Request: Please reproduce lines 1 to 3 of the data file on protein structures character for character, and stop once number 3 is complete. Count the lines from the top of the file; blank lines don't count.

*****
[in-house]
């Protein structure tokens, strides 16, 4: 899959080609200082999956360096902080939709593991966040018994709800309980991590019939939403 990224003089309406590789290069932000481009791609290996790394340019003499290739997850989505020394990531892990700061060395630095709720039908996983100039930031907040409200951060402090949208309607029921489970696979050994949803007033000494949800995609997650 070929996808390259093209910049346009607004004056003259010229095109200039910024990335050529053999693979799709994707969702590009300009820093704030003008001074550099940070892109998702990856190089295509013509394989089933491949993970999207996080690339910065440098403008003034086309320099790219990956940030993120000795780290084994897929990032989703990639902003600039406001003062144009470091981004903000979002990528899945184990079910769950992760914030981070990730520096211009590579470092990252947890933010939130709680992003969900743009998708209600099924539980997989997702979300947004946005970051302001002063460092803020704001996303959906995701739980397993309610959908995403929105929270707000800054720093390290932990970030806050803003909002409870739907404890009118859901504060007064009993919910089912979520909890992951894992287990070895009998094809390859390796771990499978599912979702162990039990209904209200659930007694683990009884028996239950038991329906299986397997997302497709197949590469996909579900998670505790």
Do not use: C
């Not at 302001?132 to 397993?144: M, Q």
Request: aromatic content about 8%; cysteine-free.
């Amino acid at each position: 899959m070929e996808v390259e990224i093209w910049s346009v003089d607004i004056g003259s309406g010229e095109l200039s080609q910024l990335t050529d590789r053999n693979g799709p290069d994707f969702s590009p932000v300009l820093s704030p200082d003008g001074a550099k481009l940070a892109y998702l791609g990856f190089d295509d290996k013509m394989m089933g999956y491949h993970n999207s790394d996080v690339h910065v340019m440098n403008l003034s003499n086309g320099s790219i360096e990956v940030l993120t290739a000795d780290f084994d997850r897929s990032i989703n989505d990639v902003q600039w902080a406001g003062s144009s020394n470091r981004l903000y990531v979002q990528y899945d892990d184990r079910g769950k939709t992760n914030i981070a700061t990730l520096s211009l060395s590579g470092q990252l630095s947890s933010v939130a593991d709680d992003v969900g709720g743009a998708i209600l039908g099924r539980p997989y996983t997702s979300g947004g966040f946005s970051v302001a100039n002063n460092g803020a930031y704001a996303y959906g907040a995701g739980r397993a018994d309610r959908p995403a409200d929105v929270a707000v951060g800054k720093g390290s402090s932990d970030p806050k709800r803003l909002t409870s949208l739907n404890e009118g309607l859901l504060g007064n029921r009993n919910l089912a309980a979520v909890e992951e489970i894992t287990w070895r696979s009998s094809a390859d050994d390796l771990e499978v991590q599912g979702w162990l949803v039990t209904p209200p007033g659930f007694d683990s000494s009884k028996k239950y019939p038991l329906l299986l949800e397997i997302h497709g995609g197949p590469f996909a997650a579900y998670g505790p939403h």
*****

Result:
[in-house]
């Protein structure tokens, strides 16, 4: 899959080609200082999956360096902080939709593991966040018994709800309980991590019939939403 990224003089309406590789290069932000481009791609290996790394340019003499290739997850989505020394990531892990700061060395630095709720039908996983100039930031907040409200951060402090949208309607029921489970696979050994949803007033000494949800995609997650 070929996808390259093209910049346009607004004056003259010229095109200039910024990335050529053999693979799709994707969702590009300009820093704030003008001074550099940070892109998702990856190089295509013509394989089933491949993970999207996080690339910065440098403008003034086309320099790219990956940030993120000795780290084994897929990032989703990639902003600039406001003062144009470091981004903000979002990528899945184990079910769950992760914030981070990730520096211009590579470092990252947890933010939130709680992003969900743009998708209600099924539980997989997702979300947004946005970051302001002063460092803020704001996303959906995701739980397993309610959908995403929105929270707000800054720093390290932990970030806050803003909002409870739907404890009118859901504060007064009993919910089912979520909890992951894992287990070895009998094809390859390796771990499978599912979702162990039990209904209200659930007694683990009884028996239950038991329906299986397997997302497709197949590469996909579900998670505790």
Do not use: C